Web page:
WASHINGTON - When Congressman Paul Ryan has been asked the past few years about the value of stimulus to the sagging economy and the nation's jobless, the Wisconsin Republican has dismissed it as meaningless, and dubbed it "sugar-high economics."
But that's when President Obama is pushing for the spending. When it was President George W. Bush arguing for more stimulus to boost a slow economy in the early 2000s, Ryan's economic analysis was entirely different.
"What we're trying to accomplish today with the passage of this third stimulus package is to create jobs and help the unemployed," Ryan said, in comments unearthed by MSNBC's "Up with Chris Hayes" and provided to HuffPost. "What we're trying to accomplish is to pass the kinds of legislation that when they've passed in the past have grown the economy and gotten people back to work."
Video of the comments will be aired at 8:00 a.m. Sunday on MSNBC.
"In recessions unemployment lags on well after a recovery has taken place," Ryan accurately noted in 2002.
Conservatives have routinely mocked Vice President Joe Biden for arguing that in order to reduce the deficit in the long run, the government needs to spend more now; that sentiment is lampooned in a recent pro-Republican campaign ad. But Biden's analysis -- that the government needs to juice the economy to promote growth, or else revenue will fall long term -- is one that Ryan himself articulated cogently back when the GOP was urging stimulus. Ryan called such stimulus a "constructive answer" worked out on "a bipartisan basis." Opponents of stimulus, Ryan said, ought to "drop the demagoguery."
"We've got to get the engine of economic growth growing again because we now know, because of recession, we don't have the revenues that we wanted to, we don't have the revenues we need, to fix Medicare, to fix Social Security, to fix these issues. We've got to get Americans back to work. Then the surpluses come back, then the jobs come back. That is the constructive answer we're trying to accomplish here on, yes, a bipartisan basis. I urge members to drop the demagoguery and to pass this bill to help us work together to get the American people back to work and help those people who've lost their jobs," Ryan said.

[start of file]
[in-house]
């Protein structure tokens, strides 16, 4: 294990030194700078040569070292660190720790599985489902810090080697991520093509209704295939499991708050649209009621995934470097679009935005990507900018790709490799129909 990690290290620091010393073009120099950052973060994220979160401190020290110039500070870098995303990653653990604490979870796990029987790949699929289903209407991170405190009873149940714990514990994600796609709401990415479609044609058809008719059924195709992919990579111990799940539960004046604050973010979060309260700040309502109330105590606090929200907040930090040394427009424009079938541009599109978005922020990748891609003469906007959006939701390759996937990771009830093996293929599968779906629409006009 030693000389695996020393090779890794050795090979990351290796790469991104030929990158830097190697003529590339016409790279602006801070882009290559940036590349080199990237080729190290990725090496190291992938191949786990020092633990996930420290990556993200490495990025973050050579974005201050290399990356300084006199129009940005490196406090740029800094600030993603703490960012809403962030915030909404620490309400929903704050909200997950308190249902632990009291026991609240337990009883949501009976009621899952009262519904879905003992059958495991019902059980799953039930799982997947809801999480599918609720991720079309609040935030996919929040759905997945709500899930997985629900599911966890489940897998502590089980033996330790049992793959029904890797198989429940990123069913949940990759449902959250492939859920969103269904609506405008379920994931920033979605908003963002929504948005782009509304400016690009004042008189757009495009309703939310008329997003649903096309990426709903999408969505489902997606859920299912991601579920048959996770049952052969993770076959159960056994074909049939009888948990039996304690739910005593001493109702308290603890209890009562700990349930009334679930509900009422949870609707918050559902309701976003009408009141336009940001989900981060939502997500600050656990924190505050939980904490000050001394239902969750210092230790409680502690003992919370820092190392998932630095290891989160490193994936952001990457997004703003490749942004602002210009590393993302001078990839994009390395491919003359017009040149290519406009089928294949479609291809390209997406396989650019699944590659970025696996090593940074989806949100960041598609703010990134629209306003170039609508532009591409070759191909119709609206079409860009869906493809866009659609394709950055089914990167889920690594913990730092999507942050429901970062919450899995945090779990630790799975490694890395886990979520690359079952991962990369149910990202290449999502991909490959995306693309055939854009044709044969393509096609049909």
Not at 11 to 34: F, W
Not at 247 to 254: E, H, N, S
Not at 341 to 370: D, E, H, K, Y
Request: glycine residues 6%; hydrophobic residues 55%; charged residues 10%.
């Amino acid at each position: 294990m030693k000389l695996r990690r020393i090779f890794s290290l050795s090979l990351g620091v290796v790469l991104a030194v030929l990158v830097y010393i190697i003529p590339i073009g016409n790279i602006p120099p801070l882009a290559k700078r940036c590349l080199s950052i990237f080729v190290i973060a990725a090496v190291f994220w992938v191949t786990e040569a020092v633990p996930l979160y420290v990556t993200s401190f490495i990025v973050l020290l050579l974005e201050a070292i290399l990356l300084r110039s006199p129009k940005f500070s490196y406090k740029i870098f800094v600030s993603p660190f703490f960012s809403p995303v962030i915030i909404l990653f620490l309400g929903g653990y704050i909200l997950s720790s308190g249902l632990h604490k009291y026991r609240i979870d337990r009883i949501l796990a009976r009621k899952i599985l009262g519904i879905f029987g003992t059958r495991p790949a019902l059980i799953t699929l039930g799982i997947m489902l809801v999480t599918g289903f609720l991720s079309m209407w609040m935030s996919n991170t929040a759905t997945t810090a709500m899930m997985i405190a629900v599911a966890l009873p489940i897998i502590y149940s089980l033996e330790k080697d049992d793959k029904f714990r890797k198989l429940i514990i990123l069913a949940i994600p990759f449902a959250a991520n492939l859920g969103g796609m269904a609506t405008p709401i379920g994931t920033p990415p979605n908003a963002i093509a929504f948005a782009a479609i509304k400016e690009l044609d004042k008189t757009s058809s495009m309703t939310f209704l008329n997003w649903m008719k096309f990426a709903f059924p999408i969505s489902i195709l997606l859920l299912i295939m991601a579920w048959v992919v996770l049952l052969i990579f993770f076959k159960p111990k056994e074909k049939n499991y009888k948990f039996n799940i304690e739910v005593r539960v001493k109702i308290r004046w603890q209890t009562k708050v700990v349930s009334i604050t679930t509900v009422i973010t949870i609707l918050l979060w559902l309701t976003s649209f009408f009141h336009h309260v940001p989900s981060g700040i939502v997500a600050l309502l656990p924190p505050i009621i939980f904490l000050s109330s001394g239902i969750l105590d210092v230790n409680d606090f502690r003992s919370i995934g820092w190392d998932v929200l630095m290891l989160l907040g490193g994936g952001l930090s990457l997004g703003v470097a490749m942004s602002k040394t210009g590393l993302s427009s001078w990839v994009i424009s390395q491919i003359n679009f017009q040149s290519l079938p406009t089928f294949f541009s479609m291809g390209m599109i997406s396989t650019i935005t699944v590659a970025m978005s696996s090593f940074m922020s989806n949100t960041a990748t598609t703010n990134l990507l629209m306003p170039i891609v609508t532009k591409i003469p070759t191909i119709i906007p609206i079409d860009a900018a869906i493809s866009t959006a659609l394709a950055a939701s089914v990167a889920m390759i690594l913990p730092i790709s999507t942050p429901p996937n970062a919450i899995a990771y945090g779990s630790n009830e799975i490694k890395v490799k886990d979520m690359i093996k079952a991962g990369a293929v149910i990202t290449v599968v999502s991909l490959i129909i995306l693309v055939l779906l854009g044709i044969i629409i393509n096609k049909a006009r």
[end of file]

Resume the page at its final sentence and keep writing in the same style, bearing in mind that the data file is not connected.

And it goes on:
Bush's stimulus, which included an extension of jobless benefits and resulted in checks being mailed to millions of Americans, was signed in March 2002.
"We have a lot of laid off workers, and more layoffs are occurring," the congressman continued. "And we know, as a historical fact, that even if our economy begins to slowly recover, unemployment is going to linger on and on well after that recovery takes place. What we have been trying to do starting in October and into December and now is to try and get people back to work. The things we're trying to pass in this bill are the time-tested, proven, bipartisan solutions to get businesses to stop laying off people, to hire people back, and to help those people who have lost their jobs."
While Obama has been in office, Ryan has voted against extending unemployment benefits and against helping laid-off workers pay for health insurance by subsidizing COBRA payments.
Such actions are difficult to square with 2002's Paul Ryan.
"It's more than just giving someone an unemployment check," he said then. "It's also helping those people with their health insurance while they've lost their jobs and more important than just that unemployment check, it's to do what we can to give people a paycheck."
Ryan also made pro-stimulus arguments in a 2001 congressional hearing, as Jonathan Chait points out.
"I think we ought to have this income tax cut fast, deeper, retroactive to January 1st, to make sure we get a good punch into the economy, juice the economy to make sure that we can avoid a hard landing," he had said.